A follow-up article in Shukan Jitsuwa's Jan 3 issue sees the problem of last-minute cancellations as one of manners.

Take reservations at high-class sushi restaurants.

 "Our shop procures fish from the market after reservations are made," said the operator of a sushi shop in Ginza. "And we beg off on any other requests for reservations. So no-shows definitely hurt the bottom line. Chinese customers have turned out to be problematic, so we've stopped accepting reservations from them."

It seems that three years ago, a famous sushi restaurant in Ginza that had received a three-star rating from the Michelin guidebook flatly refused reservations from a Chinese journalist.

"At that time we began hearing accusations of being biased," the Ginza source said. "But we're in business to make money. I don't think it should be necessary to accept reservations from customers who pose that kind of risk."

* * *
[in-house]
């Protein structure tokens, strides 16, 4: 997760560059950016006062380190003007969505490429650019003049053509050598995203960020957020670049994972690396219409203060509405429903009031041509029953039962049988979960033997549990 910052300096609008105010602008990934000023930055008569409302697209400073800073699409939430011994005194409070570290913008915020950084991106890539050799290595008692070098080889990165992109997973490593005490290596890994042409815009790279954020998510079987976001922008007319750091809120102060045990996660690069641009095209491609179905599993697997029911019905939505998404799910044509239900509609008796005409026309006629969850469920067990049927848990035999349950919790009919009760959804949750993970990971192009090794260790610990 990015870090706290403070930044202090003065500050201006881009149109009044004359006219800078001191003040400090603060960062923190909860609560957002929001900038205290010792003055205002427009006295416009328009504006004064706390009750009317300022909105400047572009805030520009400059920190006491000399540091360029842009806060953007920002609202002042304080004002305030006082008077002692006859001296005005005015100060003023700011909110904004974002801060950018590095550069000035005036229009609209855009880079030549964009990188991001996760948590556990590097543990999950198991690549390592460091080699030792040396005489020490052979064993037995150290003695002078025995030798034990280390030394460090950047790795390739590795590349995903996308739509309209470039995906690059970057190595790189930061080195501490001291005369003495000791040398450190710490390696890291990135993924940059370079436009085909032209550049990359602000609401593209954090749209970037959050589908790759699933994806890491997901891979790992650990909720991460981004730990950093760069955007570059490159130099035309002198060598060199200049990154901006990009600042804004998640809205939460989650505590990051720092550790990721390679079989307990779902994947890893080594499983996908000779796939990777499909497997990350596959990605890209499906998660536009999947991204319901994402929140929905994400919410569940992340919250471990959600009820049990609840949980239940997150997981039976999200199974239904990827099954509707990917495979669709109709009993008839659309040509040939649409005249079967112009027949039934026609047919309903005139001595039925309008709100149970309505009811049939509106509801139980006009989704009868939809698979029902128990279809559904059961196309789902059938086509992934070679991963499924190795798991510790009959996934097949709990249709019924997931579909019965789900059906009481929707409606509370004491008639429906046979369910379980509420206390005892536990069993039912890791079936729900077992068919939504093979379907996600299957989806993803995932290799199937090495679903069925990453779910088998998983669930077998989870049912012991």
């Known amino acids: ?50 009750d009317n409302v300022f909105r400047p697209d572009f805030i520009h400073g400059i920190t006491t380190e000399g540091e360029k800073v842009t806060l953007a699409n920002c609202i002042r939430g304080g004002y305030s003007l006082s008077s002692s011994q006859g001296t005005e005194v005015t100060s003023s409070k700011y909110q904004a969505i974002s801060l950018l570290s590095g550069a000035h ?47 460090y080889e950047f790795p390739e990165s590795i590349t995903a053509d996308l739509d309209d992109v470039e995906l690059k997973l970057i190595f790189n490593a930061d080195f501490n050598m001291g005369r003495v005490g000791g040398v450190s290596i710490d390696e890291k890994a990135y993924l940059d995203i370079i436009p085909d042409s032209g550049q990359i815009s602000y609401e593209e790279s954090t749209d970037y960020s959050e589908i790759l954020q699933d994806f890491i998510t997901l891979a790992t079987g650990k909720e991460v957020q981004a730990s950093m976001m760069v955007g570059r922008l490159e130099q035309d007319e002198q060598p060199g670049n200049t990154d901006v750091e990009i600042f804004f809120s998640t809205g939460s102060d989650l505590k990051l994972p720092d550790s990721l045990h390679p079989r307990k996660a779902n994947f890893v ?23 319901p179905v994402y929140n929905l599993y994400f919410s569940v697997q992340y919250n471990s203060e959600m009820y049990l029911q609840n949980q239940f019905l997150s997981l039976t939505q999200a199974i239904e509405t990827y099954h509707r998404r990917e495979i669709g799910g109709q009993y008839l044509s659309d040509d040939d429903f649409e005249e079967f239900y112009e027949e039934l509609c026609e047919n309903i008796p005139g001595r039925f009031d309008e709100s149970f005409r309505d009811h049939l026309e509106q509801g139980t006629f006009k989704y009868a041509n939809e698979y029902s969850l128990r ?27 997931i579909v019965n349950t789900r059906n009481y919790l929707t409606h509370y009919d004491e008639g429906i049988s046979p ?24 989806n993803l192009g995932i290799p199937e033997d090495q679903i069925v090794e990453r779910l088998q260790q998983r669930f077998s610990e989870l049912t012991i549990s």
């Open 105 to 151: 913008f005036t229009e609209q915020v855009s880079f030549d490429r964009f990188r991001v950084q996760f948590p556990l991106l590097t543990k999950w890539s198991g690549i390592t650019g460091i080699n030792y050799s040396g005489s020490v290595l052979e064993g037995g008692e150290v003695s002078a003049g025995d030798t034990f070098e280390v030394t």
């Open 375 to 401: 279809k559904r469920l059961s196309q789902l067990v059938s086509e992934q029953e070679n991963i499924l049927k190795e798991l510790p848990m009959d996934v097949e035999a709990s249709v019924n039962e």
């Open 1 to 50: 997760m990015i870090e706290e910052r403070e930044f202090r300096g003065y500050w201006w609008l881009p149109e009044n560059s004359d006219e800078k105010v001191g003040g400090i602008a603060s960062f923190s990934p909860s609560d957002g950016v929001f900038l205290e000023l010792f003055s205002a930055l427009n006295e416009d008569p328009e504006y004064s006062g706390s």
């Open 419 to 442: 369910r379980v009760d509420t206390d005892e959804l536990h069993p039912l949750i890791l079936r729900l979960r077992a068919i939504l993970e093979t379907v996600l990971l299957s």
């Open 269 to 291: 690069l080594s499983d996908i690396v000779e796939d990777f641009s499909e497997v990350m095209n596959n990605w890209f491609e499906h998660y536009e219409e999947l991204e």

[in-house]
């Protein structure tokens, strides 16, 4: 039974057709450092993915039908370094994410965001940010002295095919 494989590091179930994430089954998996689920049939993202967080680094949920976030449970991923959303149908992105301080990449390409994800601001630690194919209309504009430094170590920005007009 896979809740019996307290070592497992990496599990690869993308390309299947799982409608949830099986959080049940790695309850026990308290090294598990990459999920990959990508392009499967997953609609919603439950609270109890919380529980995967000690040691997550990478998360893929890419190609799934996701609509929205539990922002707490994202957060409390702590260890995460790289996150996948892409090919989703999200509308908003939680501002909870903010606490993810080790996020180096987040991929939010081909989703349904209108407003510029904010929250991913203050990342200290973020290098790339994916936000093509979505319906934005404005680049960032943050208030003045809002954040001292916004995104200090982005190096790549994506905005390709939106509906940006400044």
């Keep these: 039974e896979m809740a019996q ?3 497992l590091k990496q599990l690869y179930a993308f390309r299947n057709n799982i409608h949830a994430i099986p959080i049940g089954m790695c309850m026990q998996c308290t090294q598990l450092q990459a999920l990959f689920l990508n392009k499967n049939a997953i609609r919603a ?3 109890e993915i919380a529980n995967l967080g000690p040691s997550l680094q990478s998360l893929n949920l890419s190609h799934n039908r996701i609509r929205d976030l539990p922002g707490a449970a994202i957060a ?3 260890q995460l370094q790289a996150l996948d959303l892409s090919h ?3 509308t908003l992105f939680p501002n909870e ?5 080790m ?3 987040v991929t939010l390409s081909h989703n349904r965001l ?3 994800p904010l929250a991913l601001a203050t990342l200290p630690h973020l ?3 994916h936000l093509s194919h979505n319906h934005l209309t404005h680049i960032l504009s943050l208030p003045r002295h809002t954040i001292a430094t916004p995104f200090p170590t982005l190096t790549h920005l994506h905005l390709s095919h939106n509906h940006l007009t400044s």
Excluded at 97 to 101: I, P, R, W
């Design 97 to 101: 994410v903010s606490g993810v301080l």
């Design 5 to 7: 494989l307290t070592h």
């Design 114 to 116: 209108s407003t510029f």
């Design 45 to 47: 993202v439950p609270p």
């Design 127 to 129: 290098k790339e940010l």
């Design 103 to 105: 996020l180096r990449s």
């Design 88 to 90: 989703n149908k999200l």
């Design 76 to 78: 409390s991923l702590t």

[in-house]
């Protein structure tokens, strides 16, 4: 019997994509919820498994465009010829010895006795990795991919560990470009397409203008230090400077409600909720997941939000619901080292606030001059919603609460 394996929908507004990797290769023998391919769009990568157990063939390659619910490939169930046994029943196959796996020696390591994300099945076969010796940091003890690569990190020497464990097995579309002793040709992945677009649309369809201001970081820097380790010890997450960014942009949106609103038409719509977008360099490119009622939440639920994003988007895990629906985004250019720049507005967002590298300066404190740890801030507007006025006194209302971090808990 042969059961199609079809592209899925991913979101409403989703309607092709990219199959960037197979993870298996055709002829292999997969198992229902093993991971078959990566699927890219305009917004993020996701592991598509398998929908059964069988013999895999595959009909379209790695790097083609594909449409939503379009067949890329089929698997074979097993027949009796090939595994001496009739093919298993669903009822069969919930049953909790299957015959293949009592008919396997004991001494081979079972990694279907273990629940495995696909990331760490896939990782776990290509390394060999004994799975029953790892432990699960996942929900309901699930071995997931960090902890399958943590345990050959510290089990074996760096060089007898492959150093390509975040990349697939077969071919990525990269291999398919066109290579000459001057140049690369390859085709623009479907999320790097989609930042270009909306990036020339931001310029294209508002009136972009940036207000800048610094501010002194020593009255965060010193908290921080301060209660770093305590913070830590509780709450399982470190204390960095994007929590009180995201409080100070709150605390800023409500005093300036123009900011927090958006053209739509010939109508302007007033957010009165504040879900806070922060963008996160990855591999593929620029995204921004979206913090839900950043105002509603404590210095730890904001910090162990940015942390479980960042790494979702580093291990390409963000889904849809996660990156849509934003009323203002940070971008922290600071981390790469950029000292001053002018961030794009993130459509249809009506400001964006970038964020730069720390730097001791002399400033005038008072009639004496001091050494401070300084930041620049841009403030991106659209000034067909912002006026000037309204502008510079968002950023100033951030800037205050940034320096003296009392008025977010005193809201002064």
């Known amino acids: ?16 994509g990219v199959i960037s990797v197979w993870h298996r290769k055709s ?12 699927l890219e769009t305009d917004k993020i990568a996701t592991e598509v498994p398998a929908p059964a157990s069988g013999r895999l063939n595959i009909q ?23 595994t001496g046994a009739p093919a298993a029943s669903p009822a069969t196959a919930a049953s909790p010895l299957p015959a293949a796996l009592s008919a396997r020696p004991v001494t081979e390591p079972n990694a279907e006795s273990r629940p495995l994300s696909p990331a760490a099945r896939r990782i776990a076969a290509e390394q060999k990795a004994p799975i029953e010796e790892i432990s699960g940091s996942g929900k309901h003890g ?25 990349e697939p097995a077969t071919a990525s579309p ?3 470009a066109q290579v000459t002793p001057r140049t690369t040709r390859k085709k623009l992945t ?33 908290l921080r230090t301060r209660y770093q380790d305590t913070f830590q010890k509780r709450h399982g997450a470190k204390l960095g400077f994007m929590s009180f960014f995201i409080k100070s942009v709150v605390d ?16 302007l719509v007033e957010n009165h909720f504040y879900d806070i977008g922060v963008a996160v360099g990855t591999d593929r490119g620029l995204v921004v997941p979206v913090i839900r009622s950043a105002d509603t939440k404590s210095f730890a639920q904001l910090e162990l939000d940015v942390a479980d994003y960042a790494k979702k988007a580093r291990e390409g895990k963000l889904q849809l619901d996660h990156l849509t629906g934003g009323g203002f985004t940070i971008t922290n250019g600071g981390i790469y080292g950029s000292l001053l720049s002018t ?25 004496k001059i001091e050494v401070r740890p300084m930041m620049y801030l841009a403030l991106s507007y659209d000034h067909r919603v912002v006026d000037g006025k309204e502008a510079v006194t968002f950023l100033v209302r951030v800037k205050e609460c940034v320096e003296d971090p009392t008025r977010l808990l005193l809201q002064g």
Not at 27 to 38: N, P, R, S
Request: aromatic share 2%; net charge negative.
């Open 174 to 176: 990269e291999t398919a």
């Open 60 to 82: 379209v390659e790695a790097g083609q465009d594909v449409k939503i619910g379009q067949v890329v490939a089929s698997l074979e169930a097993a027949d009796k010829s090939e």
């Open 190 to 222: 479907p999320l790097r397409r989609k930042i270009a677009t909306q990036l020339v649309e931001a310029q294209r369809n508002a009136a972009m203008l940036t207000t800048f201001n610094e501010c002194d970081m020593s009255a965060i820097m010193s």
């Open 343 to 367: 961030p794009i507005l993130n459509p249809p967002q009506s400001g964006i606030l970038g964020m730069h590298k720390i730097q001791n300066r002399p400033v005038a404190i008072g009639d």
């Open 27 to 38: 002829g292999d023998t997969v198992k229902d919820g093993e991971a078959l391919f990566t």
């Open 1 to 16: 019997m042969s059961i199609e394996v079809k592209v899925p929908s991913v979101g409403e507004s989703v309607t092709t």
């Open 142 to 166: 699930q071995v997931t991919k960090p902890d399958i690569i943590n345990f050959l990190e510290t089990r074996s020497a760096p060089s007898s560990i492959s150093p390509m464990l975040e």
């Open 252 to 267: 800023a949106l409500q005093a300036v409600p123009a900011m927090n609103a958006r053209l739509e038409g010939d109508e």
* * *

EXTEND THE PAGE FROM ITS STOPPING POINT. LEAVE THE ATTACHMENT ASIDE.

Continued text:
One way some restaurants have found for reducing the risks is to refuse reservations from foreigners unless they are requested by the concierge at their hotel, or made from a credit card company.

"Even then, no-shows by Chinese customers are rampant," said the operator of one well known establishment. "One day, trying to please everybody, he set the reservation time for a large group of Chinese so as not to interfere with other customers, but as luck would have it nobody showed up that evening and sales for the day wound up as zero."

To protect themselves, more shops have been requesting the credit card number of the customer who makes the reservation and charging the full amount in the case of a no-show.

"This is a problem even inside China, and campaigns have been conducted by the government in the mass media appealing to Chinese people not to embarrass their country when traveling abroad," a Japan-based Chinese journalist told Shukan Jitsuwa. "But I think it's going to take Chinese another couple of decades before they catch up with people in economically advanced countries."

© Japan Today

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25 Comments